2. While the call is in progress, try to inform the appropriate law enforcement agency where the hostage situation is taking place and request the agency's assistance. (If this is not possible, do so immediately after the call.) Provide as much information to the agency as possible, differentiating between factual and assumed information.

3. If the contact person in the office is not the unit supervisor or manager, notify him or her as soon as possible and provide the known information.

4. Do not engage in negotiations with the hostage-taker. If the individual attempts to begin negotiations, take down the demands and tell him or her that you do not have authority to meet the demands but that someone will be in touch as soon as possible to discuss the demands. Attempt to do this without cutting off the lines of communication or increasing the caller's anxiety.

5. If the hostage-taker simply wants to talk (rather than negotiate) attempt to calm the caller and encourage him or her to release the hostage. In doing so, you should: offer your name; make it clear that you want to talk and are willing to listen; ask the caller's name if it is not known; try to use first names to establish a rapport; and ask neutral questions such as "How are you feeling?" and "Is anyone hurt?" The officers should generally reassure the hostage-taker that things can be worked out if the hostage is released.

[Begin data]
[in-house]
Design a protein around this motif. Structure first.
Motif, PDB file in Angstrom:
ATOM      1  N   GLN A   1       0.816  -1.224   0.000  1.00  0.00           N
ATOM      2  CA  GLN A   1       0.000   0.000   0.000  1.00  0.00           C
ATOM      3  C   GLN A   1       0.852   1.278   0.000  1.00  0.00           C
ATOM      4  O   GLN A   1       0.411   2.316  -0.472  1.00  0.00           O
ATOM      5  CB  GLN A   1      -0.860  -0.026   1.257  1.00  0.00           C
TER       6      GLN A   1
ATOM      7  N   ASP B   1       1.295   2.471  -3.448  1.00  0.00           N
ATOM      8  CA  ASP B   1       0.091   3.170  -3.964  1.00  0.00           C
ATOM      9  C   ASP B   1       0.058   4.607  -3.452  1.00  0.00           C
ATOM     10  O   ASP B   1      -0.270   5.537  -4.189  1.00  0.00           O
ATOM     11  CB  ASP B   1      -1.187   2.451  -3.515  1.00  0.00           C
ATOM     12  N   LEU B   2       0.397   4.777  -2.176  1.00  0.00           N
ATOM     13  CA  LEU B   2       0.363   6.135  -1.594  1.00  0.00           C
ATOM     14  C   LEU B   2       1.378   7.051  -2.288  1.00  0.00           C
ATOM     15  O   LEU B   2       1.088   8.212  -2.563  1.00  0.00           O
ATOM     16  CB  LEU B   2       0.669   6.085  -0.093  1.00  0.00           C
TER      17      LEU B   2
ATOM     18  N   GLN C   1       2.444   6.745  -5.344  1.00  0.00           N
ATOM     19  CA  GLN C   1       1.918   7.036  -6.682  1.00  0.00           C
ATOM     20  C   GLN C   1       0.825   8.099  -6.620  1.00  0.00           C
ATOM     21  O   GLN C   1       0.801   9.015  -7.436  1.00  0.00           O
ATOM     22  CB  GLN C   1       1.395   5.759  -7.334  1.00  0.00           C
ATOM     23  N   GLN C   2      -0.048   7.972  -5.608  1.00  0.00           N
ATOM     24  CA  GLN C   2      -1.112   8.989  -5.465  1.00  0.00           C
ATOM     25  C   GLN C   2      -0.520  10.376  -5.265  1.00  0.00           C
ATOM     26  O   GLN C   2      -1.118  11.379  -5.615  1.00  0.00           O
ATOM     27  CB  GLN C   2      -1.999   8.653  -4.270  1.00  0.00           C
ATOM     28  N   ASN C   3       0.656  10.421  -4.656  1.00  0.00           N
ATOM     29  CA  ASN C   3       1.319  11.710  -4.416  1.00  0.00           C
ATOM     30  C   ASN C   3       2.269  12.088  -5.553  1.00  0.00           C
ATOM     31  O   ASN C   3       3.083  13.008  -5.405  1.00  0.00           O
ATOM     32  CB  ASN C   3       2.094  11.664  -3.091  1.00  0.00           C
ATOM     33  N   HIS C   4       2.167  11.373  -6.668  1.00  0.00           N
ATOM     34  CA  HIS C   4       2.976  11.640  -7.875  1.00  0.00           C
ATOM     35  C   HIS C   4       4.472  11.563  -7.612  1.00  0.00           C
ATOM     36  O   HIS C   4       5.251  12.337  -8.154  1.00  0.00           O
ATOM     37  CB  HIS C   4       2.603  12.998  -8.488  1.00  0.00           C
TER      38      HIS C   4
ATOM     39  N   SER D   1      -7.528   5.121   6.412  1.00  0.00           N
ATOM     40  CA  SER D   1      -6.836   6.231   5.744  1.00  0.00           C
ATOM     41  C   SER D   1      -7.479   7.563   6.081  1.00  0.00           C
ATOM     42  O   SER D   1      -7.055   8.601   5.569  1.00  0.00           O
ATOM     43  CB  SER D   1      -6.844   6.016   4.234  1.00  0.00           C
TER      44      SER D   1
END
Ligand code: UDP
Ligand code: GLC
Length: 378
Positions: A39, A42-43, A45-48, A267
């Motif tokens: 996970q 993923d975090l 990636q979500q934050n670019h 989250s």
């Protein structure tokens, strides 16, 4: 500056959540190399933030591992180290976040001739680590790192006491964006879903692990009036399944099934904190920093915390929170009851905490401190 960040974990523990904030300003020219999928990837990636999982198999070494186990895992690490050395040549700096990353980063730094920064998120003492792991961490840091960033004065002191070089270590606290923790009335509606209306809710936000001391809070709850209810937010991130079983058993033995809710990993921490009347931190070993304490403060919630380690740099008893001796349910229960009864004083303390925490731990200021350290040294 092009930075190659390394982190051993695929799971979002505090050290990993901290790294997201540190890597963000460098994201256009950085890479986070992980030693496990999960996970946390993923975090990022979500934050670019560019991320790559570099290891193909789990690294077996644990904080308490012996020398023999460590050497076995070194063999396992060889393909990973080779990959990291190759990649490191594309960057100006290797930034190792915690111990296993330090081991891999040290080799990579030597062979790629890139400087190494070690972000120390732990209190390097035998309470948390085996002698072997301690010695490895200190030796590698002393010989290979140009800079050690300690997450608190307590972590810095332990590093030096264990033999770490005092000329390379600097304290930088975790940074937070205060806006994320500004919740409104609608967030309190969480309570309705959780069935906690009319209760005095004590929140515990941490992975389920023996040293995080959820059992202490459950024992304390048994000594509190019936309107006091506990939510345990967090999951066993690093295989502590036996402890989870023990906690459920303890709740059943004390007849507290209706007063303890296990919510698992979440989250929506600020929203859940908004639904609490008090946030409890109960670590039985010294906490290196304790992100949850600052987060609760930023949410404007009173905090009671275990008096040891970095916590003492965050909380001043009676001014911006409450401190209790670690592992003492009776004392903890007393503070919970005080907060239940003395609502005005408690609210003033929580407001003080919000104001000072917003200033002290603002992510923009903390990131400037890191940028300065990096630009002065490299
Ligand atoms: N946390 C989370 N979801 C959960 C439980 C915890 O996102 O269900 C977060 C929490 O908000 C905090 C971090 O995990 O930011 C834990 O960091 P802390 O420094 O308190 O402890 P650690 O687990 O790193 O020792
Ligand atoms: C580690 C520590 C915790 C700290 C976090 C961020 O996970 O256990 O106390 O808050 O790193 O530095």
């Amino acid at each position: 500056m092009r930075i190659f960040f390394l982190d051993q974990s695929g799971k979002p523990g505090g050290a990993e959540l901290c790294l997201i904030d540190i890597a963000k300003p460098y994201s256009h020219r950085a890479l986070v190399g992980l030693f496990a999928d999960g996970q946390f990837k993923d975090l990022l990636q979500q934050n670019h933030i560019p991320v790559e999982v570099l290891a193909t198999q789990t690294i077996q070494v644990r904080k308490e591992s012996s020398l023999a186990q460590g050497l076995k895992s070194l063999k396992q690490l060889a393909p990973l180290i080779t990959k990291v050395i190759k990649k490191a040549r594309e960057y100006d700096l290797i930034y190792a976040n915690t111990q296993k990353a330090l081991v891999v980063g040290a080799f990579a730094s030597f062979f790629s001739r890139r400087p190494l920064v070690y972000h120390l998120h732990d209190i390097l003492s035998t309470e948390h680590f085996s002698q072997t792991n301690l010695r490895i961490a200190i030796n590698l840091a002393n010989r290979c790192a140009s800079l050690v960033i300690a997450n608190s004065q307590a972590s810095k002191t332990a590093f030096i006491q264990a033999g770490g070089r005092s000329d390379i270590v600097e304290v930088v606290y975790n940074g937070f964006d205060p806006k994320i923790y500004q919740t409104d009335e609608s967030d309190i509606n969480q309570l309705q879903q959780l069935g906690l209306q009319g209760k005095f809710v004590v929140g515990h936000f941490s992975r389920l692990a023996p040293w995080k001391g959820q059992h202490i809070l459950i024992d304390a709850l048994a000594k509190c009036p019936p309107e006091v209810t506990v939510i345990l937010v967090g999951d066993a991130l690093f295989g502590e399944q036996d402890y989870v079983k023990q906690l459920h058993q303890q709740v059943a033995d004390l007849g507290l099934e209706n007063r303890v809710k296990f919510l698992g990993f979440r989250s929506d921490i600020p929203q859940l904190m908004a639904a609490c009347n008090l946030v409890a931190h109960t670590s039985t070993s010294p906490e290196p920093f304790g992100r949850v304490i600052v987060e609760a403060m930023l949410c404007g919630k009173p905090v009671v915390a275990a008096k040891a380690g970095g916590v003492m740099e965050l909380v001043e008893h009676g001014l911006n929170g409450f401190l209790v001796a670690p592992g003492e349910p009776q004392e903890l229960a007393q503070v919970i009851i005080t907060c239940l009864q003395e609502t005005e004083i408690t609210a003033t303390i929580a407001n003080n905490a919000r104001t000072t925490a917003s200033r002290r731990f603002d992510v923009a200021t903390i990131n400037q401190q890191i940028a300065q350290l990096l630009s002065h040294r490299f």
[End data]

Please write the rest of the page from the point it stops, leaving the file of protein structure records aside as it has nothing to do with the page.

Do not make false promises or commitments you can't meet. Do nothing to escalate the situation--this is not the time for lectures or threats. While you must avoid negotiations, if the hostage-taker is requesting psychiatric or medical help, offer to provide such assistance as soon as the hostage has been released.

You should ask to speak to the hostage. If this is permitted, attempt to find out his or her condition and other information that may be useful to the negotiation team (again, without upsetting the hostage-taker). Reassure the hostage that a plan has been set in motion to get him or her out safely.

The reason both the hostage and the officer receiving the call are discouraged from engaging in negotiations is that negotiation, particularly in a stressful situation, is a fine art and mistakes can be deadly to the hostages or the members of the hostage management team. Managing a hostage situation, and particularly negotiating, is best left to experts. Virtually all police and sheriff's departments have specially trained units available to manage these types of situations.

In some situations, a local law enforcement agency may be the first agency to learn that an agent has been taken hostage. An agency official would then likely contact the parole or probation office. If this happens, the responsibilities of the officer handling the call are somewhat different.